IT4Cannabis held its third webinar of its “Insights and Opportunities” series titled, “Lessons and Insights from the Frontlines of Medical Cannabis,” on September 15. This was a part two of the June medical webinar and again featured the highly requested medical cannabis expert panelists, Dr. Jennifer Anderson, Rebecca Abraham, RN, and Dr. Bridget Williams.
The panelists spoke about the therapeutic effects of cannabis for intractable conditions such as epilepsy, the role of medical cannabis for men’s and women’s health, where to buy safe and effective cannabis, and the critical reasons to work with a cannabis clinician rather than a budtender.
Therapeutic effects of medical cannabis
Webinar host and IT4Cannabis president and CEO, Karl Kispert opened the webinar with a video featuring Anderson telling the story of her epileptic son and the struggles her family faced with his health until they found medical cannabis as a solution.
Anderson’s son was born with cerebral palsy as a result of twin-to-twin transfusion syndrome. The condition led to him having severe epileptic episodes that made her fearful for his life. They tried every treatment available and were running out of options. When she gave him cannabis to calm his seizures, the effect was profound. With one drop of a CBD hemp oil, Anderson noticed he was more present than he had ever been, and could sleep through the night without an episode.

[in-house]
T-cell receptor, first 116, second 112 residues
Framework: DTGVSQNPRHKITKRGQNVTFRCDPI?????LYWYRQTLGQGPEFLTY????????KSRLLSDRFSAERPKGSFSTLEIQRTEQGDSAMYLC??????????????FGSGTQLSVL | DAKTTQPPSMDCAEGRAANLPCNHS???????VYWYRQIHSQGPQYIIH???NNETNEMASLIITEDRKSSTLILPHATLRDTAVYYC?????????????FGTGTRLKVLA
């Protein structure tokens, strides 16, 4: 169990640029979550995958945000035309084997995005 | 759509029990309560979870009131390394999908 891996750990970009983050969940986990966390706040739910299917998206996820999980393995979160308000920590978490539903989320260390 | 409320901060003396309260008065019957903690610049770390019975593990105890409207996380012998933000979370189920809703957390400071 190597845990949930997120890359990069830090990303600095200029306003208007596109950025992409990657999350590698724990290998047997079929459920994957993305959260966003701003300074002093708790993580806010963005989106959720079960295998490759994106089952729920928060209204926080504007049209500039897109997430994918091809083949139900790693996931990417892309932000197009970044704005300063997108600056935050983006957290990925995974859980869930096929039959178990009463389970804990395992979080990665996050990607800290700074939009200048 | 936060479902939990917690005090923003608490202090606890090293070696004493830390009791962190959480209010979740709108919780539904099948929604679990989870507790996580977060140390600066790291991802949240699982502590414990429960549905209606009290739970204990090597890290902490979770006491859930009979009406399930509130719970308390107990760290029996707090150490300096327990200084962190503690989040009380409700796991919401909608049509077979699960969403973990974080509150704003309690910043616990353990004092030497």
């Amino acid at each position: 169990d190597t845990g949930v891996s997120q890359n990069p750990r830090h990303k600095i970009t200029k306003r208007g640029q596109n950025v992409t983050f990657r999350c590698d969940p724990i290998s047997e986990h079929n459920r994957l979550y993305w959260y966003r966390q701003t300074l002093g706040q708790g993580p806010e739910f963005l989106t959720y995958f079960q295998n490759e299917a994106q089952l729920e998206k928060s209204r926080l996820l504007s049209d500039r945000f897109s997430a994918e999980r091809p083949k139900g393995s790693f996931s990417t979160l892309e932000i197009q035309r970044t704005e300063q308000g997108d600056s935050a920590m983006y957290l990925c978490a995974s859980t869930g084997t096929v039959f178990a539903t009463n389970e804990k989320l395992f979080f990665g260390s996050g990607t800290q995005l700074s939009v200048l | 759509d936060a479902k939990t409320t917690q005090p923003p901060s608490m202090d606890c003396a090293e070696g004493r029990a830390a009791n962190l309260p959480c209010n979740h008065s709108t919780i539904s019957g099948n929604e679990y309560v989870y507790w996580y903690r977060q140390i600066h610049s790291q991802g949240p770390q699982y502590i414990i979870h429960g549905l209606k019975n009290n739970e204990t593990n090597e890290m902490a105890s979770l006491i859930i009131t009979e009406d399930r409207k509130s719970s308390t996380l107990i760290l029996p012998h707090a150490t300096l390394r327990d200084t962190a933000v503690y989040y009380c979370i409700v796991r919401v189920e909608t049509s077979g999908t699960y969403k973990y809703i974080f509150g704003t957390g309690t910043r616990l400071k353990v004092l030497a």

Getting medical professionals on board with cannabis as a treatment option, however, was not easy for Anderson.
“Due to politics, the neurology team basically had a flat out ‘no’ in terms of letting patients access cannabis,” she said. Finding a physician who specialized in treating epilepsy with cannabis was nearly impossible.
As a result, she began her journey in helping children with chronic conditions treat their symptoms with cannabis, and continues to speak out against the stigma around using cannabis as a form of medical treatment.
“I’m a family physician and if somebody had told me my practice would involve giving marijuana to kids, I would’ve said you were crazy,” said Anderson, a physician in Manitoba, Canada.
Role in men’s and women’s health
Dr. Bridget Williams, an Ohio-based physician and founder of Green Harvest Health – a medical cannabis and life coaching clinic – also treats patients with medical cannabis. She continued the conversation by addressing how men and women use cannabis differently.
“Whenever I’m seeing patients, I make sure I don’t dose, or make the same suggestions for every patient,” says Williams, as she explained men and women’s tolerances to THC are not the same. Further, women’s hormonal cycles are a contributing factor to their body’s response to the plant.
Williams explained men and women also sometimes have completely different reactions to THC use.
“When it comes to sexual health for women [cannabis] tends to increase sexual desire, where in men it tends to decrease their sexual desire and can even lead to erectile dysfunction as you dose higher and higher,” she said, emphasizing the importance of dosing patients on an individual basis.